Why didn’t you vote for home rule?
EAGLE ” The county is paying for a $4,500 phone survey to try to figure out why voters in November rejected “home rule” county reform, which, among other things, would have expanded the board of county commissioners.
The Colorado Constitution allows a home rule proposal to come back to voters a second time within six months of its defeat. The charter could be revised if it’s taken back to voters.
The Home Rule Charter Commission hasn’t yet decided if they will bring back the proposal in a special election, but it was the drafters of the charter whp pushed for the survey.
In November, 53.5 percent of voters said “no” to the reform proposal which would have created five commissioners instead of three and removed party affiliations from the ballots of county races.
“There was a group outside and inside (the Home Rule Charter Commission) who felt like we need a better understanding of whether there should be revision process or not,” said Don Cohen, Edwards resident and chairman of the commission.
As part of the phone poll, voters will be asked if the county should have five commissioners and if party affiliations should be removed.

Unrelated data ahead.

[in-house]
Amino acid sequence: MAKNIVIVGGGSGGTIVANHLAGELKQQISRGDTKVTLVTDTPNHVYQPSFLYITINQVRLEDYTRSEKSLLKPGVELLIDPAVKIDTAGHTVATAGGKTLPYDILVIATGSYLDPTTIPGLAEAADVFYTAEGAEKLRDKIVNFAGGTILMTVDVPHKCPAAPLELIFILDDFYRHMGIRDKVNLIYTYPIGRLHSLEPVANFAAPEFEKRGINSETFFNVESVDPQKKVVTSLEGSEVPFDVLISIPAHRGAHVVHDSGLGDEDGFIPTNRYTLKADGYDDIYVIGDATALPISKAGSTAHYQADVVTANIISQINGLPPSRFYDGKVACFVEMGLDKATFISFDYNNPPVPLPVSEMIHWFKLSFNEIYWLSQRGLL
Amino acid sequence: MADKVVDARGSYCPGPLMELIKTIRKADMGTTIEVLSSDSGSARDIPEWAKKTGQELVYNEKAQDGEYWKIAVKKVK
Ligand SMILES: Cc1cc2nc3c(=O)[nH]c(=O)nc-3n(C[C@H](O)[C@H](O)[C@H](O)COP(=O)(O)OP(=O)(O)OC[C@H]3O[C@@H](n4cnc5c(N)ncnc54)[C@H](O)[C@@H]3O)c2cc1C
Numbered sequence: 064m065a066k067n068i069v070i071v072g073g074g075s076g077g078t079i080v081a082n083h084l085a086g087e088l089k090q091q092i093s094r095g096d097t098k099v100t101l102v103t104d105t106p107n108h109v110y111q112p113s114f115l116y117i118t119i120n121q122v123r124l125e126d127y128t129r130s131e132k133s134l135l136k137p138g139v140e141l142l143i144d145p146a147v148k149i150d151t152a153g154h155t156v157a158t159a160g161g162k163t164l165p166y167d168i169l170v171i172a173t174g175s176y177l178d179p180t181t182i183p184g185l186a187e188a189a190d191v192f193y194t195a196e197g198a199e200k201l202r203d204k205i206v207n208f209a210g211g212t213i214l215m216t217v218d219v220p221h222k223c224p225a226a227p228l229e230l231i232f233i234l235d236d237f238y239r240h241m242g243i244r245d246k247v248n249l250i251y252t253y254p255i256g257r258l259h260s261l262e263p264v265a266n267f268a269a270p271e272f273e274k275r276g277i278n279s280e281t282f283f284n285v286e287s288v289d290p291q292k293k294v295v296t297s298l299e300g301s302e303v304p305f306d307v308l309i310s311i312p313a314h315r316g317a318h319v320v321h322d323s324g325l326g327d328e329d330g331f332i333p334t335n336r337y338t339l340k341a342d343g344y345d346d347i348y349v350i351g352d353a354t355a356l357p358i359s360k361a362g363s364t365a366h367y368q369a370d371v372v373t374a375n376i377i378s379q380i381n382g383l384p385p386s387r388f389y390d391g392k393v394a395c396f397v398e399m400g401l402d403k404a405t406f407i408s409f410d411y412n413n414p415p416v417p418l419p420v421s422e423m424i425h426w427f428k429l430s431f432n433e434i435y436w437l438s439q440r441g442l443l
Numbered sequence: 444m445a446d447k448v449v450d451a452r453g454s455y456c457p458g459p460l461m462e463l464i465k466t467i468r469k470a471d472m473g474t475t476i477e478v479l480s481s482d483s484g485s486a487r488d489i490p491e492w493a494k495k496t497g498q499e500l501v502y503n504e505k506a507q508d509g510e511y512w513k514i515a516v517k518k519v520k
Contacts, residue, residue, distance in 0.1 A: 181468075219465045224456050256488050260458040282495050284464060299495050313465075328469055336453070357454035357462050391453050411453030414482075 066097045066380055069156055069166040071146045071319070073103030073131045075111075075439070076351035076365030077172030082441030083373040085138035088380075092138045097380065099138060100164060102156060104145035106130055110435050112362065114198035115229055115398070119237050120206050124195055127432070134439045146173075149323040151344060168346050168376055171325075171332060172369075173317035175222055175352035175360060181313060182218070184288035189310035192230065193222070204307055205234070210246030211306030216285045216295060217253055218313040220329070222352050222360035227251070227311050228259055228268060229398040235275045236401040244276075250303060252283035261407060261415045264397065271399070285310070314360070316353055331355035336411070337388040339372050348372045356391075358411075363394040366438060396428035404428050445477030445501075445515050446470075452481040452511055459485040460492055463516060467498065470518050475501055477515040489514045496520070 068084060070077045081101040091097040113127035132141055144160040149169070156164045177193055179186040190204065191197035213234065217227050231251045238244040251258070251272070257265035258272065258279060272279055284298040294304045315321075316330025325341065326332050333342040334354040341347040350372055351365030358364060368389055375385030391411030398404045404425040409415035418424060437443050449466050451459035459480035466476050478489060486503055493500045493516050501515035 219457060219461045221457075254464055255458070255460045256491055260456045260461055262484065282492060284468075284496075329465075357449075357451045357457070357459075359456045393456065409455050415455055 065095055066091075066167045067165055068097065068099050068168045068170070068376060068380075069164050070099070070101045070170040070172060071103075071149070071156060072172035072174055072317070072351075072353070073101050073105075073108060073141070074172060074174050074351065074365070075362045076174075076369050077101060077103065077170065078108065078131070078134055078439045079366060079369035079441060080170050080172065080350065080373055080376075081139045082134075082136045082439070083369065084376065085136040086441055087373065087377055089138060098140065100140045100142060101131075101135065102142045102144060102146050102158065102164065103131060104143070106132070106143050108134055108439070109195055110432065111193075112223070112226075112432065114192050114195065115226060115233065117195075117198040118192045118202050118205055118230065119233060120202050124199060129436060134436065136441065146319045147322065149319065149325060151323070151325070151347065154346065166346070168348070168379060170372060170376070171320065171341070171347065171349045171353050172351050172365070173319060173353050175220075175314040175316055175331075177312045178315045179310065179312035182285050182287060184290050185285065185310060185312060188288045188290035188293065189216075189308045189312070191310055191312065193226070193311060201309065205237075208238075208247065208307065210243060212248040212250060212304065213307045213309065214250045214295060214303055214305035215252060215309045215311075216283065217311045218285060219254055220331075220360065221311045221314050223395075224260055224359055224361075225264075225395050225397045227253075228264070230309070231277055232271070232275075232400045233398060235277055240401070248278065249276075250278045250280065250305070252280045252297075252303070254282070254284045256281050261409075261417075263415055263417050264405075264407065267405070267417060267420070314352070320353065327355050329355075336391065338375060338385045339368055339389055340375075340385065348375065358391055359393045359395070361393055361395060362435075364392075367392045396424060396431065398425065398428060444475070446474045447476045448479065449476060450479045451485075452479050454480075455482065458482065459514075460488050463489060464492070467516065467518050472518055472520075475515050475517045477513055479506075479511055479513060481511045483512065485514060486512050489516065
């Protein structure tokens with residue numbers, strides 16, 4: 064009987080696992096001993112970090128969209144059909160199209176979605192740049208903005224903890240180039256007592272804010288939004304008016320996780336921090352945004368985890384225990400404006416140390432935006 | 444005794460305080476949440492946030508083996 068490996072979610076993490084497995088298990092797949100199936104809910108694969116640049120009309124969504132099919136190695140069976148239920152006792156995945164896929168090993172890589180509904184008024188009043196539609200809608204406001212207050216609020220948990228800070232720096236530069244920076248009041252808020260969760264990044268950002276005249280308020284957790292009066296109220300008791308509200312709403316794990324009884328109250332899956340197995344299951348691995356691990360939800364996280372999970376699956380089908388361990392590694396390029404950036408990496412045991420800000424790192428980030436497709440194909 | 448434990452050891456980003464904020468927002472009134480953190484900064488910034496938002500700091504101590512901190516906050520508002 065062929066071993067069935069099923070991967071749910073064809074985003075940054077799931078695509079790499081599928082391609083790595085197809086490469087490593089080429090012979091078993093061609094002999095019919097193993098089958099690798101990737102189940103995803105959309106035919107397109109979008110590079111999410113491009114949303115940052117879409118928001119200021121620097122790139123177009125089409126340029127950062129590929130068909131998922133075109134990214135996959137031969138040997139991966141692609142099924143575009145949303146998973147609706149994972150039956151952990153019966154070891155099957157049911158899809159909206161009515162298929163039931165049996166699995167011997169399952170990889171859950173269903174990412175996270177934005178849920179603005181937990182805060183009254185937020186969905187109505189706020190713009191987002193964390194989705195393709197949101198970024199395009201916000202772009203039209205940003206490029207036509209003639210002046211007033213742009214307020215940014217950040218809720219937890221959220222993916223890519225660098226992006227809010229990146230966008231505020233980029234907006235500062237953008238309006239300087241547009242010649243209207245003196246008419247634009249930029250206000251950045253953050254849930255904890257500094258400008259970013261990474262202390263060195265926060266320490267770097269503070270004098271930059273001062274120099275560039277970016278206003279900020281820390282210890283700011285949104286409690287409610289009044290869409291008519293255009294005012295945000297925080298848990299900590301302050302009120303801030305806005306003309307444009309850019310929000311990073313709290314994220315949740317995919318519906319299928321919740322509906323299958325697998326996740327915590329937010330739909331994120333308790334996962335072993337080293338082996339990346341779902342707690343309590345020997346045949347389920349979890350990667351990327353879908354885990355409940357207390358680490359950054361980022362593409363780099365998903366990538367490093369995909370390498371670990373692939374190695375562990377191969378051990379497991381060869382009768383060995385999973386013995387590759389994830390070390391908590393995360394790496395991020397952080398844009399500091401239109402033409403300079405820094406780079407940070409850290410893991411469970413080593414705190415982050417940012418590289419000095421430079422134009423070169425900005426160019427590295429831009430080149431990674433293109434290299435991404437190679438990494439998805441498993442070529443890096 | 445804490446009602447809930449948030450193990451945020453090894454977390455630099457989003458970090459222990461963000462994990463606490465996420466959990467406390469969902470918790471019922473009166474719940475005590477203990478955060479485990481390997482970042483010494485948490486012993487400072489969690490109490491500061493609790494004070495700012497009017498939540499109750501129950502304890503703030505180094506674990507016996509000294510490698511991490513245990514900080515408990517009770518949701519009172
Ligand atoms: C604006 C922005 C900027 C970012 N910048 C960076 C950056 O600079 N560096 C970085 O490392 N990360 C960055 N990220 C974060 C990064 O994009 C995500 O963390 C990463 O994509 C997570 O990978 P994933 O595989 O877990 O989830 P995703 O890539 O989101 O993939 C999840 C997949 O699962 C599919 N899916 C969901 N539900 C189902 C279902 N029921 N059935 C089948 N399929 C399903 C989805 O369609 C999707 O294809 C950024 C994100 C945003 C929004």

They will also be asked if home rule would be too expensive and if it would take rights away from residents ” arguments of opponents of home rule during last year’s campaign season.
The survey also will ask people if the charter was hard to understand. Some say voters perhaps didn’t understand the home rule charter because it is complicated.
Cohen said he believes the framers of the state constitution allowed a second chance for home-rule votes because they understood the charters were complicated.
“For that reason, you get a do-over,” he said. “You have the opportunity for revision to say, ‘Is this what you have more in mind?'”
The survey will start next week and will poll 400 voters.
Former County Commissioner Dick Gustafson, a leading opponent of home rule, said the attempt to bring the proposal back to voters is “sour grapes.”
The voters’ decision in November should be respected, he said.
“I don’t see any reason for it,” he said. “The voters defeated it, not by one or two votes, but by a substantial margin.”
Voters understood the home-rule proposal, Gustafson said.
“I think voters are smart enough to know home rule is a bad thing for Eagle County,” he said.
A special election for the issue would have to happen by May, Cohen said. It would cost as much as $50,000.
There will be a public meeting exploring the prospect of bringing home rule at 6 p.m. Friday at the county building in Eagle.
Staff Writer Edward Stoner can be reached at 748-2929 or email@example.com.